Four Ways to Love a Disappointing Church

My wife and I often have the privilege of guiding couples through premarital counseling. Meeting with these couples forces me to ask myself a helpful question: “How much of a hypocrite am I?”

The question comes up because I spend time in these sessions expounding on the glory of marriage: the joy it brings, the gospel it displays, the permanence of its vows, and the goodness of our distinct callings as husband and wife.

But imagine hearing those glories from a husband who regularly complains about his wife and compares her to the many women he gazes at. You probably wouldn’t listen to what this man says about marriage. If he doesn’t love the wife he’s married to, you’d wonder whether he loves marriage at all.

But isn’t this what too many of us do with the church? We claim to love the church, but our love for the church seems to have little effect on how we feel about our church.

Love the One You’re With

Our relationship to our own church is often marked by discontentment and disappointment, much of which comes from the comparisons we keep making to the imaginary church in our minds. Which, in the end, might say more about us than our churches.

Let me suggest a few ways you can hold up your end of the bargain and contribute to your church’s health, which simultaneously will increase your love and gratitude for your church.

1. Prepare in prayer.

I know people who eventually became so cynical about their church that they expected not to benefit from the Sunday morning service. One way to fight against that cynicism is to find out what the sermon text will be and read it prior to the Sunday service. Then pray for your pastor as he prepares to preach it (1 Thessalonians 5:12–13). If you come to church ready to be edified, you might be surprised how the Holy Spirit will work.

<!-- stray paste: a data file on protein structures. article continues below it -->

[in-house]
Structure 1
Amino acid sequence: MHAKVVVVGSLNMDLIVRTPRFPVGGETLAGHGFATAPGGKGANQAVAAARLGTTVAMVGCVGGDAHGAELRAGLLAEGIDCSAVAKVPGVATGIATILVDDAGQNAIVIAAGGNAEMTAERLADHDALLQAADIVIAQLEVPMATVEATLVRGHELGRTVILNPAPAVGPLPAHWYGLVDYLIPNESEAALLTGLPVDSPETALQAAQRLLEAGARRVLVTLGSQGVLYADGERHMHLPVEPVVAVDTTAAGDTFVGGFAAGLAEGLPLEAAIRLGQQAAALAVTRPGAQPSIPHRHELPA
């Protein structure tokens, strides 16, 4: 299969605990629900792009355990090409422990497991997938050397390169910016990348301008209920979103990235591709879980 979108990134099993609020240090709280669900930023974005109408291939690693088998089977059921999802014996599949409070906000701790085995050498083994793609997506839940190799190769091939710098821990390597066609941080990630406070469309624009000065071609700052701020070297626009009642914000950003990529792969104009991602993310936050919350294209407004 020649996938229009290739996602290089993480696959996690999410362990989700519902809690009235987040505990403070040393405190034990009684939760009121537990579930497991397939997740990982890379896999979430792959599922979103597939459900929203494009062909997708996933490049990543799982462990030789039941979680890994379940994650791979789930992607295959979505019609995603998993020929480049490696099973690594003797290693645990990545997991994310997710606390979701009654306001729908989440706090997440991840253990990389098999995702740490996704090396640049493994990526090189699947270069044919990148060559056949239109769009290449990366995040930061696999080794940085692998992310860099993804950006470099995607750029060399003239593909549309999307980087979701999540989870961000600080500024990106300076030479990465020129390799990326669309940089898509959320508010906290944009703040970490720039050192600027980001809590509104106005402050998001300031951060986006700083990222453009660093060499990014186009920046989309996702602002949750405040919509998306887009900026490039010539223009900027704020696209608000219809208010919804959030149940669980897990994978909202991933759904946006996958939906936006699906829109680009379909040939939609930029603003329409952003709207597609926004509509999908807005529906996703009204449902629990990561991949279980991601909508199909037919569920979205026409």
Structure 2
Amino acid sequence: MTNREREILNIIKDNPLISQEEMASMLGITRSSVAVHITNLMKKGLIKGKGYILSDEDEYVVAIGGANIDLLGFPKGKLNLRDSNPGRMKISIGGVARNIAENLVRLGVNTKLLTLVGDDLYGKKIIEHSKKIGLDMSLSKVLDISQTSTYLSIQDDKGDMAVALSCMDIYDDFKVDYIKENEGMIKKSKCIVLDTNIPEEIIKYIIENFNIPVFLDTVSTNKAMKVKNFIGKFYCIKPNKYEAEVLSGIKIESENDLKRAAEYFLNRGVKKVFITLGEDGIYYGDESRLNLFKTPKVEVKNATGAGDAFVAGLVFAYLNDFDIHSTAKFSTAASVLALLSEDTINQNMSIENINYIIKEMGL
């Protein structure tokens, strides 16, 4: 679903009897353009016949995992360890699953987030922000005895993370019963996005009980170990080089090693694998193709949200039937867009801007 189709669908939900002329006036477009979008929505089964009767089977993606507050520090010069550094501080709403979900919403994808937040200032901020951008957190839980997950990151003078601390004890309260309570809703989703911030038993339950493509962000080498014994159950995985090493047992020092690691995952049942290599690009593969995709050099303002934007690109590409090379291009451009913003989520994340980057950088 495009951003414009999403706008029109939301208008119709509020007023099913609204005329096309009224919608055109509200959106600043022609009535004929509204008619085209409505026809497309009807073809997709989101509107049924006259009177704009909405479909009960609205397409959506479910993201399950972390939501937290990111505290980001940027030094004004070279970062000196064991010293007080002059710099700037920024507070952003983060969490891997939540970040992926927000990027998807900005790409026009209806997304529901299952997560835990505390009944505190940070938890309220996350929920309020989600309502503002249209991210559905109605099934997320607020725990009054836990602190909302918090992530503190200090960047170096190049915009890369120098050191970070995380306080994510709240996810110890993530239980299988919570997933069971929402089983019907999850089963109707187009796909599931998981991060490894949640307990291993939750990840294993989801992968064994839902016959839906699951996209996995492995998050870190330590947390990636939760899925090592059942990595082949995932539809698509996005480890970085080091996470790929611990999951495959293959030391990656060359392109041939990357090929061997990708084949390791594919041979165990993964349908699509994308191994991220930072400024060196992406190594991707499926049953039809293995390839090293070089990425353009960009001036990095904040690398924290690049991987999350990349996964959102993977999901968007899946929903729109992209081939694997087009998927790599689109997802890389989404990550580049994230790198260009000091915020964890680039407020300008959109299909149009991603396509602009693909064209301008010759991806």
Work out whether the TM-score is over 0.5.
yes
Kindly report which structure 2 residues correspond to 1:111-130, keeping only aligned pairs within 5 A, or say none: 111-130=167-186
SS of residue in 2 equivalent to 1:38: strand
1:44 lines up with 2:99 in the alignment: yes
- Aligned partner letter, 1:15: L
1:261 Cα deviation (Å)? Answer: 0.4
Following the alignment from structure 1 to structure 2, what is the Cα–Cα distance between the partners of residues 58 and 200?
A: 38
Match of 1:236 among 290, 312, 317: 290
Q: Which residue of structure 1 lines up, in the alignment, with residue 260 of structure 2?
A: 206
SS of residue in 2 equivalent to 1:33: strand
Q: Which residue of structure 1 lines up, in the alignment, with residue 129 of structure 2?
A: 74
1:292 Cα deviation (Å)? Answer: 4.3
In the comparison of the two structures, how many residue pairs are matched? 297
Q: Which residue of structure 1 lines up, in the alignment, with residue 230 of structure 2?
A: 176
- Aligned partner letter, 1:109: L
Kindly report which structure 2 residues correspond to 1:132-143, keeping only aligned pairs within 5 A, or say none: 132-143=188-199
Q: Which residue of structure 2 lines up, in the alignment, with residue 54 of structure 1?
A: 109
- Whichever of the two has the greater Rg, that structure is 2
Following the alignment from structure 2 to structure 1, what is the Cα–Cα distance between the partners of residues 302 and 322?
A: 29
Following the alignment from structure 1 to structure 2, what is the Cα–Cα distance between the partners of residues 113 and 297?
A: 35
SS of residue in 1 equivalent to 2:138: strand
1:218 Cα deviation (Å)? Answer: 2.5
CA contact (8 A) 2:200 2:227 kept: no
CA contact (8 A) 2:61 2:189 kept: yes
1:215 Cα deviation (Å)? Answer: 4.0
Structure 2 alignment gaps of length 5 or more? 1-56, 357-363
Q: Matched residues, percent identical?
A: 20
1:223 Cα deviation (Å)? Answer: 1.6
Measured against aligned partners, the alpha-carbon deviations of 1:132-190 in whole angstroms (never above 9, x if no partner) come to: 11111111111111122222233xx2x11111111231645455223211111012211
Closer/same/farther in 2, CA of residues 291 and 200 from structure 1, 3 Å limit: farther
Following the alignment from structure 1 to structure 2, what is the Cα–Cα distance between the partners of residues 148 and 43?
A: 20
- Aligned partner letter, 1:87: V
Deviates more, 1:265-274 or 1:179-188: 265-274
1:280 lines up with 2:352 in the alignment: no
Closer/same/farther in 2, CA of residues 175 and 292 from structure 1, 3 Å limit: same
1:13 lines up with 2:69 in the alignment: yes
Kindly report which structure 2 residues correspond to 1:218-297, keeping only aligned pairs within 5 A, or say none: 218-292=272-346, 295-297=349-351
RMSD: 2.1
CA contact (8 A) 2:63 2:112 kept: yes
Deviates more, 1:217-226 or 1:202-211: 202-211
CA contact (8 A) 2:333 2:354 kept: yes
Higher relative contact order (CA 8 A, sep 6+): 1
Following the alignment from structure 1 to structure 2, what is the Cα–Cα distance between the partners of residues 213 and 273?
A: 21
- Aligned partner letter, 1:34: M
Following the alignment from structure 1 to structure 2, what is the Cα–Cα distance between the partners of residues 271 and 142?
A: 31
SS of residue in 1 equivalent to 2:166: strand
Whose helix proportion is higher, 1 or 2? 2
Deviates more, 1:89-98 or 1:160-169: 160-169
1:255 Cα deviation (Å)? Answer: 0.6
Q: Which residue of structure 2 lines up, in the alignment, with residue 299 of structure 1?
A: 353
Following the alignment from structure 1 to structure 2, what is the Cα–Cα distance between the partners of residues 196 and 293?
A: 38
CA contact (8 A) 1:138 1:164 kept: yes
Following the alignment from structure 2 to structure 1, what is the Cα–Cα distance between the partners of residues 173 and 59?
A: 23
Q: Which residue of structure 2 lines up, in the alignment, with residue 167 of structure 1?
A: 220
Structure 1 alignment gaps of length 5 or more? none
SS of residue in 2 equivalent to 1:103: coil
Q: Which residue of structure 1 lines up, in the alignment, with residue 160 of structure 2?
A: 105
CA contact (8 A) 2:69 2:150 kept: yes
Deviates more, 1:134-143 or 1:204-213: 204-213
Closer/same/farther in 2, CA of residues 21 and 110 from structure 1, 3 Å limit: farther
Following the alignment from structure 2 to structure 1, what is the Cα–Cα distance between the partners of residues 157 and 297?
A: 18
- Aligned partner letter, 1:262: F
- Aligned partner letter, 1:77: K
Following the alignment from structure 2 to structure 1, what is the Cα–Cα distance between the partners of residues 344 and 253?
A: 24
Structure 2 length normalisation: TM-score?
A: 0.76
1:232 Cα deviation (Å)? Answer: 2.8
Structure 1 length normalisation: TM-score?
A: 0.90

And don’t stop after you’ve prayed for your pastor. Your church has difficult people in it, maybe people who have hurt you. But it’s awfully hard to harbor bitterness toward people you pray for regularly. Pray for your pastors, pray through the church directory, and pray for the people you’d rather not run into. If you want your disposition toward your church to be positive, you need to begin with prayer.

2. Find ways to serve.

We often reap what we sow in our churches. Are you making a contribution to your church’s life? If you haven’t yet, try finding a place where you can serve and put the needs of others before your own. Don’t worry about finding a perfect place to express your giftedness. Instead, look mainly for a need you can help meet. God gifts his people for the needs of their actual church, not in some abstract sense (1 Peter 4:10–11).

One simple yet profound way you can serve people in your church is to talk to them. Seriously. I bet there are people in your church who don’t have people who show genuine interest in their lives during the week. So take an interest in them. Ask them questions about their work or their family or their hobbies. Ask how you can pray for them and if you could get together sometime. If you do what you can to ensure other people love your church, I bet you will too.